This collection has a fair SF as opposed to fantasy content. A new edition is available from Wildside Press.
The below is taken from Richard Hortons revview at SFF.NET
Ships to the Stars collects six Leiber stories, dating from 1950 through 1962. None of them qualify as major Leiber, but they are decent work, as one would certainly expect. I’ll treat them one by one.
“Dr. Kometevsky’s Day” (Galaxy, February 1952) 7200 words
This is a Velikovskian story (the Dr. Kometevsky of the title is transparently Velikovsky). At some time in the future, the members of a group marriage are among those who realize, against their will, that the planets are of a sudden acting like “Dr. Kometevsky” predicted — beginning with the disappearance of Phobos and Deimos. The explanation is not quite what Velikovsky might have predicted (and the story as a whole is profoundly skeptical of Velikovsky). It’s interesting enough, but not special — more interesting, perhaps, is the look at the dynamics of a group marriage.
“The Big Trek” (F&SF, October 1957) 1700 words
A curious little piece, almost a precursor of the New Wave. The viewpoint character becomes part of a multi-species “trek” across what seems to be a devastated Earth — the moral being the value of continued exploration of space as opposed to stagnation on Earth and the concomitant destruction of Earth.
“The Enchanted Forest” (Astounding, October 1950) 7400 words
A curious story about a far future man who conceives of himself as a “Wild One” in a regimented society. He has escaped, carrying the “seed” of his fellow Wild Ones, and he ends up on a mysterious planet, encountering what seem to be the same people again and again, in a sort of medieval milieu. The explanation is satisfactorily SFnal, but not terribly interesting.
“Deadly Moon” (Fantastic, November 1960) 10300 words
Perhaps this story could be described as “Fortean”. A psychiatrist is treating the daughter of an astronomer. She has been dreaming of a “spider” in the Moon, while her husband, an astronaut, flies one of the first ships around the moon. Natch, her supposedly mad fears turn out to be real …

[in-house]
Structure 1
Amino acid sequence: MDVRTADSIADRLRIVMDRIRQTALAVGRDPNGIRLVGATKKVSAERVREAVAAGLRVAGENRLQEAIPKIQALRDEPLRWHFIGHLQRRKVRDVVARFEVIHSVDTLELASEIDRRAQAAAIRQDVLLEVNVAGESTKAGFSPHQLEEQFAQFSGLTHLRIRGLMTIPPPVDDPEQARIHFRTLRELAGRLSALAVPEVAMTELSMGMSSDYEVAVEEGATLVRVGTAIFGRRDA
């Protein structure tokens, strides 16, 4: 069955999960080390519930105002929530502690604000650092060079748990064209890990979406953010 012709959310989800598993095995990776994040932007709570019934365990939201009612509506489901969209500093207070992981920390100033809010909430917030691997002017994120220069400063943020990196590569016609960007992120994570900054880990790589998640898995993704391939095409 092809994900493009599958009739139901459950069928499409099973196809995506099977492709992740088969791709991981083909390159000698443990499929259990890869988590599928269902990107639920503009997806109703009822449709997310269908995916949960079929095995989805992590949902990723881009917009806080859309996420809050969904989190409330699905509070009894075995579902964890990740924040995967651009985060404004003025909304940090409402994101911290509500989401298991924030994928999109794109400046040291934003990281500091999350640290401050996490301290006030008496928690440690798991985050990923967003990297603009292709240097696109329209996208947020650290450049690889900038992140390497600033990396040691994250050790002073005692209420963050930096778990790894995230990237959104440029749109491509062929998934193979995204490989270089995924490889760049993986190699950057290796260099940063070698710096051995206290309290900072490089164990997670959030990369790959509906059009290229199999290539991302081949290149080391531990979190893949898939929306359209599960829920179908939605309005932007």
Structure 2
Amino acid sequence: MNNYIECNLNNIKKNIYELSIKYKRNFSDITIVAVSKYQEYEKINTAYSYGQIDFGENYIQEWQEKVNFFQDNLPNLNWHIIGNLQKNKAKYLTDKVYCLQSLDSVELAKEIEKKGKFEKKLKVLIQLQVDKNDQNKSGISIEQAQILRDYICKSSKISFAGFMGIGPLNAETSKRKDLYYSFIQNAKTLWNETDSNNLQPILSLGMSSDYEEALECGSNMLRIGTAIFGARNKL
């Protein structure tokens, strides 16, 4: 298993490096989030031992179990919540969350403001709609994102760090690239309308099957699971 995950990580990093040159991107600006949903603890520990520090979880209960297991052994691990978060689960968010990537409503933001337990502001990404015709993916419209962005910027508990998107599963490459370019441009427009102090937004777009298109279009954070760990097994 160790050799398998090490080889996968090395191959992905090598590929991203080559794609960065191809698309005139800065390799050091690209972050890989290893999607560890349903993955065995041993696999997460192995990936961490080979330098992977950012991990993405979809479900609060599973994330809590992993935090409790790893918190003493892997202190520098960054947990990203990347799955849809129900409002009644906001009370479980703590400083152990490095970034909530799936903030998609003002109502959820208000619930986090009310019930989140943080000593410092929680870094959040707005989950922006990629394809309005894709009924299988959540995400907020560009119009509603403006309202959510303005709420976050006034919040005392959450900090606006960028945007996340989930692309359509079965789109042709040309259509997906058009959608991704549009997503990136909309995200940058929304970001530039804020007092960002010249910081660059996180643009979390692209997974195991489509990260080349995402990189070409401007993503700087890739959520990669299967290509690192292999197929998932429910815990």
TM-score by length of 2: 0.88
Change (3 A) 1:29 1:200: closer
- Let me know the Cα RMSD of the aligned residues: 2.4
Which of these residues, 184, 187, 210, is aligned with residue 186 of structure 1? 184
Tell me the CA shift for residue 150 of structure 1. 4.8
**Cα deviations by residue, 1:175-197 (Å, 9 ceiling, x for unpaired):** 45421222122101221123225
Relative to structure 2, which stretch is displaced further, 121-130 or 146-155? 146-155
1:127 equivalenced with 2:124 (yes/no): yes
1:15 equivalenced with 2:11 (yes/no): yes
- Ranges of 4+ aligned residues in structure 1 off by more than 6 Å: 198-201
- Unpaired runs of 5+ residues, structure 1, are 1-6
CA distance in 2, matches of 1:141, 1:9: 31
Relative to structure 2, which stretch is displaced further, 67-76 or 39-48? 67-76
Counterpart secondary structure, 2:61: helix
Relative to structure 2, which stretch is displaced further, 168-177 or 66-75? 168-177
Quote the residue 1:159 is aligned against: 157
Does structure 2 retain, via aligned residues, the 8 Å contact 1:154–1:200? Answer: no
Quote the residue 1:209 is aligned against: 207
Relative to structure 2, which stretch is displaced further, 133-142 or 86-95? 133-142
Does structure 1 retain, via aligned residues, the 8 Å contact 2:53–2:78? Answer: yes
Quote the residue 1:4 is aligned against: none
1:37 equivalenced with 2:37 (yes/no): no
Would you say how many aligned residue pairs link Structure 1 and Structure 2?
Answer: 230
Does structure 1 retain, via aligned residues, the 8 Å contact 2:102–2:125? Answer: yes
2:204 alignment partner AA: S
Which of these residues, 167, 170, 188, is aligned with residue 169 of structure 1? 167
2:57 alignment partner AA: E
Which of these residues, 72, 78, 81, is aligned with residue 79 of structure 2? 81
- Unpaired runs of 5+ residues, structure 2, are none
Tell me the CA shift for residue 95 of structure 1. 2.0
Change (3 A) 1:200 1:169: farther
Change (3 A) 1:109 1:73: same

“The Snowbank Orbit” (If, September 1962) 5900 words
The Solar System is under attack by inscrutable aliens, and a ship that was intended by be a Sun explorer is suddenly an unlikely warship, drifting near Uranus. The captain’s desperate maneuver around the big cold planet ends up revealing something of the true and somewhat surprising nature of the aliens. A Leiber attempt at something of a hard SF story that didn’t come off for me.
“The Ship Sails at Midnight” (Fantastic Adventures, September 1950) 8200 words
This story struck me as almost a Sturgeon pastiche, but if written in 1950 it predated most of the stories one would describe as characteristically “Sturgeonesque”. A group of four somewhat Bohemian young people encounter a mysterious and beautiful woman, shortly after some UFO reports. She inspires them to think differently than they have, to become truly original rather than tiredly retreading fashionable ideas. The narrator falls in love with her and she with him. But is she really human? And what happens when her fellows finally return? And can humans really free themselves from their natures?
I think this easily the best story in this book, and as I said, very Sturgeonesque.